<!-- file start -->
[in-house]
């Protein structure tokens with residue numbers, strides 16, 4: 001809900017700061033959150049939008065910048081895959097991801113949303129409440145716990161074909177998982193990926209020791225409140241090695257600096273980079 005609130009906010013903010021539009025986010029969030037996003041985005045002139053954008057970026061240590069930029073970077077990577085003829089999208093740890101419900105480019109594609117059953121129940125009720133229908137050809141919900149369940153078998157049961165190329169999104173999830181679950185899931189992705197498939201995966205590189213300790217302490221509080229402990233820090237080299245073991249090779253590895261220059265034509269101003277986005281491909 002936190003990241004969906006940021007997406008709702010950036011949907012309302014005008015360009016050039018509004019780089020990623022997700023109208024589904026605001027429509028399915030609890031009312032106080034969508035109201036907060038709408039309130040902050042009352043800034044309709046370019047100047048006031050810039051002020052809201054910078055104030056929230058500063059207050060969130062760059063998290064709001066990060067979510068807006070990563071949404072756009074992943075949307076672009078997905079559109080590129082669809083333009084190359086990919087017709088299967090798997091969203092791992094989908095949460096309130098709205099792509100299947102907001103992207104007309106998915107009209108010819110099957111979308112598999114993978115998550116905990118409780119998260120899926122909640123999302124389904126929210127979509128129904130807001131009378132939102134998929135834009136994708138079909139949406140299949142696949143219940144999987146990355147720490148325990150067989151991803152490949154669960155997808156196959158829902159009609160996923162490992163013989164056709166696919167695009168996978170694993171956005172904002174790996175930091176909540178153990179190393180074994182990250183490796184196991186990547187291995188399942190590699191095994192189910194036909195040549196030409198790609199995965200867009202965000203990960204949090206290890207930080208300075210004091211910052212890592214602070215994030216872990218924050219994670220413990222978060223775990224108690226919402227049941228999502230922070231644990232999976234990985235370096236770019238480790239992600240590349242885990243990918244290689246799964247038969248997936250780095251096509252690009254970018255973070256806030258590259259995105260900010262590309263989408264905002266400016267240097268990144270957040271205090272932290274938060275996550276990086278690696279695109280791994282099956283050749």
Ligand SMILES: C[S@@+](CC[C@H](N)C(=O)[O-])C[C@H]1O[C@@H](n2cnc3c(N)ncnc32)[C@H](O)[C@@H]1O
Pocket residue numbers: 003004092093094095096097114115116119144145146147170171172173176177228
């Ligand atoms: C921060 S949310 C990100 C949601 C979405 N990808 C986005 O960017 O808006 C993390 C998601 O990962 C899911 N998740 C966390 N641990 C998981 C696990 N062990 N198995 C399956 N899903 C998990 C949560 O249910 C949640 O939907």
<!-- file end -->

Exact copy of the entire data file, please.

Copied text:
[in-house]
């Protein structure tokens with residue numbers, strides 16, 4: 001809900017700061033959150049939008065910048081895959097991801113949303129409440145716990161074909177998982193990926209020791225409140241090695257600096273980079 005609130009906010013903010021539009025986010029969030037996003041985005045002139053954008057970026061240590069930029073970077077990577085003829089999208093740890101419900105480019109594609117059953121129940125009720133229908137050809141919900149369940153078998157049961165190329169999104173999830181679950185899931189992705197498939201995966205590189213300790217302490221509080229402990233820090237080299245073991249090779253590895261220059265034509269101003277986005281491909 002936190003990241004969906006940021007997406008709702010950036011949907012309302014005008015360009016050039018509004019780089020990623022997700023109208024589904026605001027429509028399915030609890031009312032106080034969508035109201036907060038709408039309130040902050042009352043800034044309709046370019047100047048006031050810039051002020052809201054910078055104030056929230058500063059207050060969130062760059063998290064709001066990060067979510068807006070990563071949404072756009074992943075949307076672009078997905079559109080590129082669809083333009084190359086990919087017709088299967090798997091969203092791992094989908095949460096309130098709205099792509100299947102907001103992207104007309106998915107009209108010819110099957111979308112598999114993978115998550116905990118409780119998260120899926122909640123999302124389904126929210127979509128129904130807001131009378132939102134998929135834009136994708138079909139949406140299949142696949143219940144999987146990355147720490148325990150067989151991803152490949154669960155997808156196959158829902159009609160996923162490992163013989164056709166696919167695009168996978170694993171956005172904002174790996175930091176909540178153990179190393180074994182990250183490796184196991186990547187291995188399942190590699191095994192189910194036909195040549196030409198790609199995965200867009202965000203990960204949090206290890207930080208300075210004091211910052212890592214602070215994030216872990218924050219994670220413990222978060223775990224108690226919402227049941228999502230922070231644990232999976234990985235370096236770019238480790239992600240590349242885990243990918244290689246799964247038969248997936250780095251096509252690009254970018255973070256806030258590259259995105260900010262590309263989408264905002266400016267240097268990144270957040271205090272932290274938060275996550276990086278690696279695109280791994282099956283050749």
Ligand SMILES: C[S@@+](CC[C@H](N)C(=O)[O-])C[C@H]1O[C@@H](n2cnc3c(N)ncnc32)[C@H](O)[C@@H]1O
Pocket residue numbers: 003004092093094095096097114115116119144145146147170171172173176177228
């Ligand atoms: C921060 S949310 C990100 C949601 C979405 N990808 C986005 O960017 O808006 C993390 C998601 O990962 C899911 N998740 C966390 N641990 C998981 C696990 N062990 N198995 C399956 N899903 C998990 C949560 O249910 C949640 O939907």